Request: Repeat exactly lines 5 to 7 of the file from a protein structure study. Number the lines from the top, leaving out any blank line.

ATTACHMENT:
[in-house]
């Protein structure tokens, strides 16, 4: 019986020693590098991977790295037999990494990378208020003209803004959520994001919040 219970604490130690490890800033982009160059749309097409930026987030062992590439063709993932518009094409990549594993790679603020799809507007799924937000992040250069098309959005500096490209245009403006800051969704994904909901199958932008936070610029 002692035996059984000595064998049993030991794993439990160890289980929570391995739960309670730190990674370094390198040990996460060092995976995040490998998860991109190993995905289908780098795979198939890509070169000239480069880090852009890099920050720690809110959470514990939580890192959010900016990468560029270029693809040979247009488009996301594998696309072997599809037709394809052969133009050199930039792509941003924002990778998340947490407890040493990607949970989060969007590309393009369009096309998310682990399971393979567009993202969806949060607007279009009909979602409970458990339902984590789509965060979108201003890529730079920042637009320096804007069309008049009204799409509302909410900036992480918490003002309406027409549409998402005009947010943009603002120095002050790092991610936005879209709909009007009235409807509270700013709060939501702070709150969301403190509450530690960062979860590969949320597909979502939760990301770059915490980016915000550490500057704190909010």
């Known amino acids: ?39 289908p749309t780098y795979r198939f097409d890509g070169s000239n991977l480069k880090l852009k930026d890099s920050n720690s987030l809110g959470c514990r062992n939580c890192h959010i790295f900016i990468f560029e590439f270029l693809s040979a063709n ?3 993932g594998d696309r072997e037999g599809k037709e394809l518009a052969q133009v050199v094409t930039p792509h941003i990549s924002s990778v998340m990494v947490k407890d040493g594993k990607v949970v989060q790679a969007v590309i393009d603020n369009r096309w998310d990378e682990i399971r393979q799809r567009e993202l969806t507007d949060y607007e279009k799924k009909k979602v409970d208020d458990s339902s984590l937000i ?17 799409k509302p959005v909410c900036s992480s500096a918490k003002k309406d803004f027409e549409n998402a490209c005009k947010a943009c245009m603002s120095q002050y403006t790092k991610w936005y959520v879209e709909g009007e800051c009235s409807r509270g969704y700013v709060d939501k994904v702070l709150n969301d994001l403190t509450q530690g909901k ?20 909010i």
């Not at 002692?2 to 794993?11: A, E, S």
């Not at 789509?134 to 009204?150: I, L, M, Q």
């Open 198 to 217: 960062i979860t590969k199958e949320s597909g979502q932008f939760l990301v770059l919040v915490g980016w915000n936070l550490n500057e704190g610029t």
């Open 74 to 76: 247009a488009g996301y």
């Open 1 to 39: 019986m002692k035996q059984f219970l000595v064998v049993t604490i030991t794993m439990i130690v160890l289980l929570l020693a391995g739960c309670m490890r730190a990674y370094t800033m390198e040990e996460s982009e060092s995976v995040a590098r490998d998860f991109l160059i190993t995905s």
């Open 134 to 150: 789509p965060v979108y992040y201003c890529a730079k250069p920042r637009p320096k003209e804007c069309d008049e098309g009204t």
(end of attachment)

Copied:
């Not at 789509?134 to 009204?150: I, L, M, Q």
């Open 198 to 217: 960062i979860t590969k199958e949320s597909g979502q932008f939760l990301v770059l919040v915490g980016w915000n936070l550490n500057e704190g610029t």
């Open 74 to 76: 247009a488009g996301y």